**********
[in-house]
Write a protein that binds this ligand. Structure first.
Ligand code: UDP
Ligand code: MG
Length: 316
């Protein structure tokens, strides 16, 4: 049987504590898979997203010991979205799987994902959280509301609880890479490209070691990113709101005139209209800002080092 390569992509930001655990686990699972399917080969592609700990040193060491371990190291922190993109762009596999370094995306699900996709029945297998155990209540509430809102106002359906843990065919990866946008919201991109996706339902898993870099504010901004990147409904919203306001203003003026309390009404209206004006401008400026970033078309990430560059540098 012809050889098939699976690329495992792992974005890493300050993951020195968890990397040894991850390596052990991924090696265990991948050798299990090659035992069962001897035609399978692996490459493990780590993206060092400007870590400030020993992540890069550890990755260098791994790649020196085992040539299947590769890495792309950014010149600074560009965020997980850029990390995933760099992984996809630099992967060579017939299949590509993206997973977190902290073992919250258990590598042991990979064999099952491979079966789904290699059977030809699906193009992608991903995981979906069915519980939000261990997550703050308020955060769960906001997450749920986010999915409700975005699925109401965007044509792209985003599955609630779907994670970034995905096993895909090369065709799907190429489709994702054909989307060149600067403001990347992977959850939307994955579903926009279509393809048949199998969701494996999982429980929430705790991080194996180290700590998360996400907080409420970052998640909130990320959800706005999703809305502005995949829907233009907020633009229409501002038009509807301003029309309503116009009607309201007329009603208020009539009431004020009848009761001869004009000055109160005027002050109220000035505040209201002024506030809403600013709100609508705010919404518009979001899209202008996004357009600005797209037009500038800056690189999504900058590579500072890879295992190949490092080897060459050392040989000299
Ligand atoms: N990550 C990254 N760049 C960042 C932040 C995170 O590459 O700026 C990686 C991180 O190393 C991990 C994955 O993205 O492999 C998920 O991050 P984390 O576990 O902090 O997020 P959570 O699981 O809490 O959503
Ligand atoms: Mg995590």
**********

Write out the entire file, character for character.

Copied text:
[in-house]
Write a protein that binds this ligand. Structure first.
Ligand code: UDP
Ligand code: MG
Length: 316
């Protein structure tokens, strides 16, 4: 049987504590898979997203010991979205799987994902959280509301609880890479490209070691990113709101005139209209800002080092 390569992509930001655990686990699972399917080969592609700990040193060491371990190291922190993109762009596999370094995306699900996709029945297998155990209540509430809102106002359906843990065919990866946008919201991109996706339902898993870099504010901004990147409904919203306001203003003026309390009404209206004006401008400026970033078309990430560059540098 012809050889098939699976690329495992792992974005890493300050993951020195968890990397040894991850390596052990991924090696265990991948050798299990090659035992069962001897035609399978692996490459493990780590993206060092400007870590400030020993992540890069550890990755260098791994790649020196085992040539299947590769890495792309950014010149600074560009965020997980850029990390995933760099992984996809630099992967060579017939299949590509993206997973977190902290073992919250258990590598042991990979064999099952491979079966789904290699059977030809699906193009992608991903995981979906069915519980939000261990997550703050308020955060769960906001997450749920986010999915409700975005699925109401965007044509792209985003599955609630779907994670970034995905096993895909090369065709799907190429489709994702054909989307060149600067403001990347992977959850939307994955579903926009279509393809048949199998969701494996999982429980929430705790991080194996180290700590998360996400907080409420970052998640909130990320959800706005999703809305502005995949829907233009907020633009229409501002038009509807301003029309309503116009009607309201007329009603208020009539009431004020009848009761001869004009000055109160005027002050109220000035505040209201002024506030809403600013709100609508705010919404518009979001899209202008996004357009600005797209037009500038800056690189999504900058590579500072890879295992190949490092080897060459050392040989000299
Ligand atoms: N990550 C990254 N760049 C960042 C932040 C995170 O590459 O700026 C990686 C991180 O190393 C991990 C994955 O993205 O492999 C998920 O991050 P984390 O576990 O902090 O997020 P959570 O699981 O809490 O959503
Ligand atoms: Mg995590």